Now we start getting into the nitty-gritty, because Marvel’s films generally have a baseline, for what stories they tell and to a degree, the quality they are. The question becomes, does the individual do what it set out to do well or is is compromised in some way? That’s the issue when it comes to Thor, two films attached together at birth. In the first film, there is the epic Shakespearan drama of Asgard, where a genuine dick gets his comeuppance from his morally-ambiguous but sensitive brother. In the second, there is some boring Earth stuff in a New Mexico town that looks suspiciously like a studio backlot and some arbitrary lesson learning.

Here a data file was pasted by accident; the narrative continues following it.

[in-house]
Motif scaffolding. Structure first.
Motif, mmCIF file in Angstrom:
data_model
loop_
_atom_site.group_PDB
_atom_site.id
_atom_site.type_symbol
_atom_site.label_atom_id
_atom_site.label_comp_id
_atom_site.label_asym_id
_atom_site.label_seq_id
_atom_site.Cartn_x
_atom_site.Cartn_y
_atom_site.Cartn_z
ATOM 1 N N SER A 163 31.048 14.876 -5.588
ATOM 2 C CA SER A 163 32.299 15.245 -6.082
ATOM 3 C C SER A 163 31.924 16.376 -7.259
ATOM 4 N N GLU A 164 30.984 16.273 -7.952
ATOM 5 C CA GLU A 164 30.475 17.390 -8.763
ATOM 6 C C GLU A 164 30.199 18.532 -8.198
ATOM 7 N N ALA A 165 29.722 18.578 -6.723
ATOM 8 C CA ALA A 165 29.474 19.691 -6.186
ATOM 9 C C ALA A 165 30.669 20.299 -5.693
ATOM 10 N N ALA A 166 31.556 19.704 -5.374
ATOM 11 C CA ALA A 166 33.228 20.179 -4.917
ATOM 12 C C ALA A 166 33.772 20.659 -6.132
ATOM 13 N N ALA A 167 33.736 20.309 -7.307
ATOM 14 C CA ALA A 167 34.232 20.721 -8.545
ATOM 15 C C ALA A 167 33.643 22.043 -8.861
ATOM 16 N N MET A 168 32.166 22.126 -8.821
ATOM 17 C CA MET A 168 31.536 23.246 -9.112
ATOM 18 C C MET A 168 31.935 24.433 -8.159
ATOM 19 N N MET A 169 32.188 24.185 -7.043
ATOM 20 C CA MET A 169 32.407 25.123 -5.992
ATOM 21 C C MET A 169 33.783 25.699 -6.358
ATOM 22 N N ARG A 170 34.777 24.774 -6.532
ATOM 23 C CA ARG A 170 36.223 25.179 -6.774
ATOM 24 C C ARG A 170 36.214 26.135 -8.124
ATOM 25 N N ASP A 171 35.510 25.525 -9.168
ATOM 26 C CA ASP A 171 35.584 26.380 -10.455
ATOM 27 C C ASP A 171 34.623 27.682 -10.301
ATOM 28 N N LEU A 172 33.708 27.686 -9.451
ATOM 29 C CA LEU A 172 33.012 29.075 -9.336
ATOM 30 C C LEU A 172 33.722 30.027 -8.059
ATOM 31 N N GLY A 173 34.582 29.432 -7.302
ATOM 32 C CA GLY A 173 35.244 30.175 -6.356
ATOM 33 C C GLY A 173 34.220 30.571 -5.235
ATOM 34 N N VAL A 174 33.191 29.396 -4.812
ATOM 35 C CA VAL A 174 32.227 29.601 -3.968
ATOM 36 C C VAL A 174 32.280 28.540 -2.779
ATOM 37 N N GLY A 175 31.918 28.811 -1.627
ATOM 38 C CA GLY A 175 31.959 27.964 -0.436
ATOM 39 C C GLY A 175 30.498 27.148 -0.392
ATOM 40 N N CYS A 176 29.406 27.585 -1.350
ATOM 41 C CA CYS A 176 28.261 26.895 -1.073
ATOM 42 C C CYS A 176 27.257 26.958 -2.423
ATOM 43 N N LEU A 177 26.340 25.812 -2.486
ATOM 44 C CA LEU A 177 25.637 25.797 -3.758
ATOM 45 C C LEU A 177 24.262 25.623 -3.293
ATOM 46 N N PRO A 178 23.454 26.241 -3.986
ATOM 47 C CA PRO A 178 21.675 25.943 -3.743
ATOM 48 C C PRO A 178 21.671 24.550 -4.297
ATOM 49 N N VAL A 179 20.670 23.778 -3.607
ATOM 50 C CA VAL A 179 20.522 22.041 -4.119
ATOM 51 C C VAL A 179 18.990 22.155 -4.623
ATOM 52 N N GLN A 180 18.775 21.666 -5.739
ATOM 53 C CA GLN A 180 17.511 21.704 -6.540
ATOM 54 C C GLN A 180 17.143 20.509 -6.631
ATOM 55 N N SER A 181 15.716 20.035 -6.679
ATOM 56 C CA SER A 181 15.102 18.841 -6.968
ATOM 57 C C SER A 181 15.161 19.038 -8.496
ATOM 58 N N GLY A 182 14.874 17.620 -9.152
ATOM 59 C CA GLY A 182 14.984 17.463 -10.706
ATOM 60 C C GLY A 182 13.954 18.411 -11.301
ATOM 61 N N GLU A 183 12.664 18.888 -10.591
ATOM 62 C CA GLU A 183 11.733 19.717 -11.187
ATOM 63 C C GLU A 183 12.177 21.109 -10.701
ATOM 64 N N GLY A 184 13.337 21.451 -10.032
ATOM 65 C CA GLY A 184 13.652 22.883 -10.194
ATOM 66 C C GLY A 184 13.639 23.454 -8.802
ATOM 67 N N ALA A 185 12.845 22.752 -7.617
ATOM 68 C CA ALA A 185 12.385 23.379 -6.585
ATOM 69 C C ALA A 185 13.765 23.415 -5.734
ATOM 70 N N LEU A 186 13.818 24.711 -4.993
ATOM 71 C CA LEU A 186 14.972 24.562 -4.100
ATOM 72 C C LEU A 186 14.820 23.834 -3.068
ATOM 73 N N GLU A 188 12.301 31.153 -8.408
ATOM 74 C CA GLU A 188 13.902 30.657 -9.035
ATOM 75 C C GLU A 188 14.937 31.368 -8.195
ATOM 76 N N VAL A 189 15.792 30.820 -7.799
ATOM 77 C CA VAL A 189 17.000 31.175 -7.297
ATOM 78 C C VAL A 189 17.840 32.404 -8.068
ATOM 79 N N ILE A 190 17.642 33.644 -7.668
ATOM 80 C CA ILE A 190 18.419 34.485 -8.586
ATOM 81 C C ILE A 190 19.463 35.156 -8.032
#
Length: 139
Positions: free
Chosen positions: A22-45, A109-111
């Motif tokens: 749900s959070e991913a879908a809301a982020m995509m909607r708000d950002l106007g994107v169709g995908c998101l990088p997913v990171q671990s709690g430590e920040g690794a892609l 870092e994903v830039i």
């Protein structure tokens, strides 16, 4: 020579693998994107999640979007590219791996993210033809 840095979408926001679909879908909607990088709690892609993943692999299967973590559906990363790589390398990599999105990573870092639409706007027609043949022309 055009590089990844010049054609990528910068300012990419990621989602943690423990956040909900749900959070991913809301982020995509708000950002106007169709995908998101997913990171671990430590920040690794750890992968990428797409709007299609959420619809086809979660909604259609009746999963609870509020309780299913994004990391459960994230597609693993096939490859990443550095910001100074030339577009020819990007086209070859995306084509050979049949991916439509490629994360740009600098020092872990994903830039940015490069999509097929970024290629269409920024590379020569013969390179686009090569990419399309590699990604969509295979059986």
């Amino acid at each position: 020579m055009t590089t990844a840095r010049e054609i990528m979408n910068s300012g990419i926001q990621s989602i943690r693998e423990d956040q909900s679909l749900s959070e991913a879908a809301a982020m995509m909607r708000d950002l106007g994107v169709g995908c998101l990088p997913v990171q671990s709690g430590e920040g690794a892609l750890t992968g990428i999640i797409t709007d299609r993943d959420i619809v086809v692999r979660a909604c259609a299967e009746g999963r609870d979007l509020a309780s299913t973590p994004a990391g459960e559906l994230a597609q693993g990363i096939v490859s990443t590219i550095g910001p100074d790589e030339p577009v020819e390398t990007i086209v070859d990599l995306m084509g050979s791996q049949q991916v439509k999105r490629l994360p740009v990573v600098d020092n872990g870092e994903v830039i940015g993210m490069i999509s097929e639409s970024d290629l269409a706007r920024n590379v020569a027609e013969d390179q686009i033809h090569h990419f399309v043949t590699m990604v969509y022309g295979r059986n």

Whether through budget or script problems, the film loses much of its momentum at that point and becomes more like Iron Man 2, serving future narratives. Still, there is something to be said for director Kenneth Branagh taking the previously “realistic” world of Iron Man and the Hulk and adding Norse Gods-who-are-actually-aliens without skipping a beat. For whatever reason, The Dark World deigned to spend more time on Earth while the upcoming third film Ragnarok appears to have learned this lesson, keeping Thor in outer space.